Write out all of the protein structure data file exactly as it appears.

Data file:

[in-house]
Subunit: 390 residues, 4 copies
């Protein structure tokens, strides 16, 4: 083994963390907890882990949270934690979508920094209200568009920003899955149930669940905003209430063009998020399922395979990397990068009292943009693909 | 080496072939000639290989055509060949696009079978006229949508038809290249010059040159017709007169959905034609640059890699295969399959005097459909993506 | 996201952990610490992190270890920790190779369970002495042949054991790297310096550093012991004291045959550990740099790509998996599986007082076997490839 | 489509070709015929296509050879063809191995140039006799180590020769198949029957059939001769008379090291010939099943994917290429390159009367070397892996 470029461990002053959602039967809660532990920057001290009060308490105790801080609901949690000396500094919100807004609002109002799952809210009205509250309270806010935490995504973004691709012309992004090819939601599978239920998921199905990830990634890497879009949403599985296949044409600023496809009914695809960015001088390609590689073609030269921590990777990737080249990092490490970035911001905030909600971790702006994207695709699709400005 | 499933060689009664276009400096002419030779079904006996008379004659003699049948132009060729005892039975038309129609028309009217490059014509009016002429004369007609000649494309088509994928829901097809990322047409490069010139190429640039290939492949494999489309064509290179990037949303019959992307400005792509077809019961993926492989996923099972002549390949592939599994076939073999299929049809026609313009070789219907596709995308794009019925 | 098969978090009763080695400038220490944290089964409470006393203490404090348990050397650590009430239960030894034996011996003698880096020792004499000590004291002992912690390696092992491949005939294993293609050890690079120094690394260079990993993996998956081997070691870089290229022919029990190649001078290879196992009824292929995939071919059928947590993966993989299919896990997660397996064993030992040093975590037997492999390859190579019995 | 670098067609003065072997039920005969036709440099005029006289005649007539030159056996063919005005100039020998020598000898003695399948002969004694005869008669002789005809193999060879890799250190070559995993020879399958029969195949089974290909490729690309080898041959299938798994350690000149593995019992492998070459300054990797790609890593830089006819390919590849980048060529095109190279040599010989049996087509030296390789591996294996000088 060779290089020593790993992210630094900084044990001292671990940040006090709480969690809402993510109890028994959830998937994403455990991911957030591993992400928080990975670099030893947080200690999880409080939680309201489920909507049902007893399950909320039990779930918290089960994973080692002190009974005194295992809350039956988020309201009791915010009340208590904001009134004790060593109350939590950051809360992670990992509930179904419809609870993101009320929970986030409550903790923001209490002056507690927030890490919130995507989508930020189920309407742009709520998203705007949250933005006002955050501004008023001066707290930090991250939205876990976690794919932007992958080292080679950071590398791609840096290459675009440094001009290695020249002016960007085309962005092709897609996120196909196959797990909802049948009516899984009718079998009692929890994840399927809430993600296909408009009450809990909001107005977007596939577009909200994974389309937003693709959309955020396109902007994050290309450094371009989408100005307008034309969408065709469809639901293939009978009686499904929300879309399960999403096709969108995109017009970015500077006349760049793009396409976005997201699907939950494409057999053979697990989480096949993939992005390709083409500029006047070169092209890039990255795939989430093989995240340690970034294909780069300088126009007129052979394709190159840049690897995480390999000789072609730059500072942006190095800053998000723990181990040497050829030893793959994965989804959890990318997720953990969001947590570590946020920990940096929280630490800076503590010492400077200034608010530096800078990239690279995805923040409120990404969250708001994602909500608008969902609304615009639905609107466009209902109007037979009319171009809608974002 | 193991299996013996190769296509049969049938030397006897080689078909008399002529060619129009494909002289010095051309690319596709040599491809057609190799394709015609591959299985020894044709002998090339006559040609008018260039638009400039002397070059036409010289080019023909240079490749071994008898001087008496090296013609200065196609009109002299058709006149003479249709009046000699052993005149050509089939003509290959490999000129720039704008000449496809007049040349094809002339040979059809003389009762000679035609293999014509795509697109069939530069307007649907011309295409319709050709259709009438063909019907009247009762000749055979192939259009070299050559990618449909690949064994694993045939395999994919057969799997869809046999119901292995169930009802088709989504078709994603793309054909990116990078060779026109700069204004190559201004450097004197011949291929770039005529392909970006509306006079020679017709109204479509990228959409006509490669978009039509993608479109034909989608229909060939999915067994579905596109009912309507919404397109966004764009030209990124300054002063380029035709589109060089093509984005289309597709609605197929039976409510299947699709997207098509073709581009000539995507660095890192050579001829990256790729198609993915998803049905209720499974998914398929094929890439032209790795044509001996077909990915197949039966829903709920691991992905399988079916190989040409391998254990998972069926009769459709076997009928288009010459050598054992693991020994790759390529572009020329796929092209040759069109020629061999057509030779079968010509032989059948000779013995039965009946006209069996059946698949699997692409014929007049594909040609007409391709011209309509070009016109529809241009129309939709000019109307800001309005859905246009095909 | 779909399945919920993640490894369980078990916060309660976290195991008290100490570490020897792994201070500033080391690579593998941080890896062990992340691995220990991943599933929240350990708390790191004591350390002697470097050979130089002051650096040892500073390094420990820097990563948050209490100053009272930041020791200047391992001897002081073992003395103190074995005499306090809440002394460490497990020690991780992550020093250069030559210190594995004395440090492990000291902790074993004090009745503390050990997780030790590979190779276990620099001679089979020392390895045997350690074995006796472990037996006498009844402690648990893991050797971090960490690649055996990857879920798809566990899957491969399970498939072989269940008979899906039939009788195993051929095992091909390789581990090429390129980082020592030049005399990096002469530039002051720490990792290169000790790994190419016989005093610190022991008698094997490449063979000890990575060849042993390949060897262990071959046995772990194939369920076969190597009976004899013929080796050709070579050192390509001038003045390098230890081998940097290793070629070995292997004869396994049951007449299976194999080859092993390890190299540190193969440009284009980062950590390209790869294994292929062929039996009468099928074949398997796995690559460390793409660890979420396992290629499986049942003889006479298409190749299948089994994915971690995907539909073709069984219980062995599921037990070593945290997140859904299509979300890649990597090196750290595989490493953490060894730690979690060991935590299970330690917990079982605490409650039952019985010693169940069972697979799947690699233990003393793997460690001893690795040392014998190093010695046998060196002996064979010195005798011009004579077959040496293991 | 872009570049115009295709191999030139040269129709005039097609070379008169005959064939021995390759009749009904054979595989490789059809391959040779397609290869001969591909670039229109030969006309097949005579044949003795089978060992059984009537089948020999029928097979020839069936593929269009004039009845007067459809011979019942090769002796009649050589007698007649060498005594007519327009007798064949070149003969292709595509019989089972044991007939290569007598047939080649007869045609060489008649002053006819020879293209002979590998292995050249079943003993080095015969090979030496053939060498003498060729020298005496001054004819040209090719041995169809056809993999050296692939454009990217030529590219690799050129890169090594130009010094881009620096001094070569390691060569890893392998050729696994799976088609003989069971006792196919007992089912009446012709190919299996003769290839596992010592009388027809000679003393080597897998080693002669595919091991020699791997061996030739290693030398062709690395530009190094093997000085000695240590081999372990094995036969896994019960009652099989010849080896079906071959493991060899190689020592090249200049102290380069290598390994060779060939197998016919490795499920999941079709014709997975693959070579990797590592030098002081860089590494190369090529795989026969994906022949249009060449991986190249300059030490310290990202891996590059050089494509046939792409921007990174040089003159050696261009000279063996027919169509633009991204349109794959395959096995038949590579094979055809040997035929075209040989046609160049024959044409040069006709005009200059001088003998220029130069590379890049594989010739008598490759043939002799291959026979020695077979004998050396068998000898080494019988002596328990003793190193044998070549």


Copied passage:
[in-house]
Subunit: 390 residues, 4 copies
């Protein structure tokens, strides 16, 4: 083994963390907890882990949270934690979508920094209200568009920003899955149930669940905003209430063009998020399922395979990397990068009292943009693909 | 080496072939000639290989055509060949696009079978006229949508038809290249010059040159017709007169959905034609640059890699295969399959005097459909993506 | 996201952990610490992190270890920790190779369970002495042949054991790297310096550093012991004291045959550990740099790509998996599986007082076997490839 | 489509070709015929296509050879063809191995140039006799180590020769198949029957059939001769008379090291010939099943994917290429390159009367070397892996 470029461990002053959602039967809660532990920057001290009060308490105790801080609901949690000396500094919100807004609002109002799952809210009205509250309270806010935490995504973004691709012309992004090819939601599978239920998921199905990830990634890497879009949403599985296949044409600023496809009914695809960015001088390609590689073609030269921590990777990737080249990092490490970035911001905030909600971790702006994207695709699709400005 | 499933060689009664276009400096002419030779079904006996008379004659003699049948132009060729005892039975038309129609028309009217490059014509009016002429004369007609000649494309088509994928829901097809990322047409490069010139190429640039290939492949494999489309064509290179990037949303019959992307400005792509077809019961993926492989996923099972002549390949592939599994076939073999299929049809026609313009070789219907596709995308794009019925 | 098969978090009763080695400038220490944290089964409470006393203490404090348990050397650590009430239960030894034996011996003698880096020792004499000590004291002992912690390696092992491949005939294993293609050890690079120094690394260079990993993996998956081997070691870089290229022919029990190649001078290879196992009824292929995939071919059928947590993966993989299919896990997660397996064993030992040093975590037997492999390859190579019995 | 670098067609003065072997039920005969036709440099005029006289005649007539030159056996063919005005100039020998020598000898003695399948002969004694005869008669002789005809193999060879890799250190070559995993020879399958029969195949089974290909490729690309080898041959299938798994350690000149593995019992492998070459300054990797790609890593830089006819390919590849980048060529095109190279040599010989049996087509030296390789591996294996000088 060779290089020593790993992210630094900084044990001292671990940040006090709480969690809402993510109890028994959830998937994403455990991911957030591993992400928080990975670099030893947080200690999880409080939680309201489920909507049902007893399950909320039990779930918290089960994973080692002190009974005194295992809350039956988020309201009791915010009340208590904001009134004790060593109350939590950051809360992670990992509930179904419809609870993101009320929970986030409550903790923001209490002056507690927030890490919130995507989508930020189920309407742009709520998203705007949250933005006002955050501004008023001066707290930090991250939205876990976690794919932007992958080292080679950071590398791609840096290459675009440094001009290695020249002016960007085309962005092709897609996120196909196959797990909802049948009516899984009718079998009692929890994840399927809430993600296909408009009450809990909001107005977007596939577009909200994974389309937003693709959309955020396109902007994050290309450094371009989408100005307008034309969408065709469809639901293939009978009686499904929300879309399960999403096709969108995109017009970015500077006349760049793009396409976005997201699907939950494409057999053979697990989480096949993939992005390709083409500029006047070169092209890039990255795939989430093989995240340690970034294909780069300088126009007129052979394709190159840049690897995480390999000789072609730059500072942006190095800053998000723990181990040497050829030893793959994965989804959890990318997720953990969001947590570590946020920990940096929280630490800076503590010492400077200034608010530096800078990239690279995805923040409120990404969250708001994602909500608008969902609304615009639905609107466009209902109007037979009319171009809608974002 | 193991299996013996190769296509049969049938030397006897080689078909008399002529060619129009494909002289010095051309690319596709040599491809057609190799394709015609591959299985020894044709002998090339006559040609008018260039638009400039002397070059036409010289080019023909240079490749071994008898001087008496090296013609200065196609009109002299058709006149003479249709009046000699052993005149050509089939003509290959490999000129720039704008000449496809007049040349094809002339040979059809003389009762000679035609293999014509795509697109069939530069307007649907011309295409319709050709259709009438063909019907009247009762000749055979192939259009070299050559990618449909690949064994694993045939395999994919057969799997869809046999119901292995169930009802088709989504078709994603793309054909990116990078060779026109700069204004190559201004450097004197011949291929770039005529392909970006509306006079020679017709109204479509990228959409006509490669978009039509993608479109034909989608229909060939999915067994579905596109009912309507919404397109966004764009030209990124300054002063380029035709589109060089093509984005289309597709609605197929039976409510299947699709997207098509073709581009000539995507660095890192050579001829990256790729198609993915998803049905209720499974998914398929094929890439032209790795044509001996077909990915197949039966829903709920691991992905399988079916190989040409391998254990998972069926009769459709076997009928288009010459050598054992693991020994790759390529572009020329796929092209040759069109020629061999057509030779079968010509032989059948000779013995039965009946006209069996059946698949699997692409014929007049594909040609007409391709011209309509070009016109529809241009129309939709000019109307800001309005859905246009095909 | 779909399945919920993640490894369980078990916060309660976290195991008290100490570490020897792994201070500033080391690579593998941080890896062990992340691995220990991943599933929240350990708390790191004591350390002697470097050979130089002051650096040892500073390094420990820097990563948050209490100053009272930041020791200047391992001897002081073992003395103190074995005499306090809440002394460490497990020690991780992550020093250069030559210190594995004395440090492990000291902790074993004090009745503390050990997780030790590979190779276990620099001679089979020392390895045997350690074995006796472990037996006498009844402690648990893991050797971090960490690649055996990857879920798809566990899957491969399970498939072989269940008979899906039939009788195993051929095992091909390789581990090429390129980082020592030049005399990096002469530039002051720490990792290169000790790994190419016989005093610190022991008698094997490449063979000890990575060849042993390949060897262990071959046995772990194939369920076969190597009976004899013929080796050709070579050192390509001038003045390098230890081998940097290793070629070995292997004869396994049951007449299976194999080859092993390890190299540190193969440009284009980062950590390209790869294994292929062929039996009468099928074949398997796995690559460390793409660890979420396992290629499986049942003889006479298409190749299948089994994915971690995907539909073709069984219980062995599921037990070593945290997140859904299509979300890649990597090196750290595989490493953490060894730690979690060991935590299970330690917990079982605490409650039952019985010693169940069972697979799947690699233990003393793997460690001893690795040392014998190093010695046998060196002996064979010195005798011009004579077959040496293991 | 872009570049115009295709191999030139040269129709005039097609070379008169005959064939021995390759009749009904054979595989490789059809391959040779397609290869001969591909670039229109030969006309097949005579044949003795089978060992059984009537089948020999029928097979020839069936593929269009004039009845007067459809011979019942090769002796009649050589007698007649060498005594007519327009007798064949070149003969292709595509019989089972044991007939290569007598047939080649007869045609060489008649002053006819020879293209002979590998292995050249079943003993080095015969090979030496053939060498003498060729020298005496001054004819040209090719041995169809056809993999050296692939454009990217030529590219690799050129890169090594130009010094881009620096001094070569390691060569890893392998050729696994799976088609003989069971006792196919007992089912009446012709190919299996003769290839596992010592009388027809000679003393080597897998080693002669595919091991020699791997061996030739290693030398062709690395530009190094093997000085000695240590081999372990094995036969896994019960009652099989010849080896079906071959493991060899190689020592090249200049102290380069290598390994060779060939197998016919490795499920999941079709014709997975693959070579990797590592030098002081860089590494190369090529795989026969994906022949249009060449991986190249300059030490310290990202891996590059050089494509046939792409921007990174040089003159050696261009000279063996027919169509633009991204349109794959395959096995038949590579094979055809040997035929075209040989046609160049024959044409040069006709005009200059001088003998220029130069590379890049594989010739008598490759043939002799291959026979020695077979004998050396068998000898080494019988002596328990003793190193044998070549």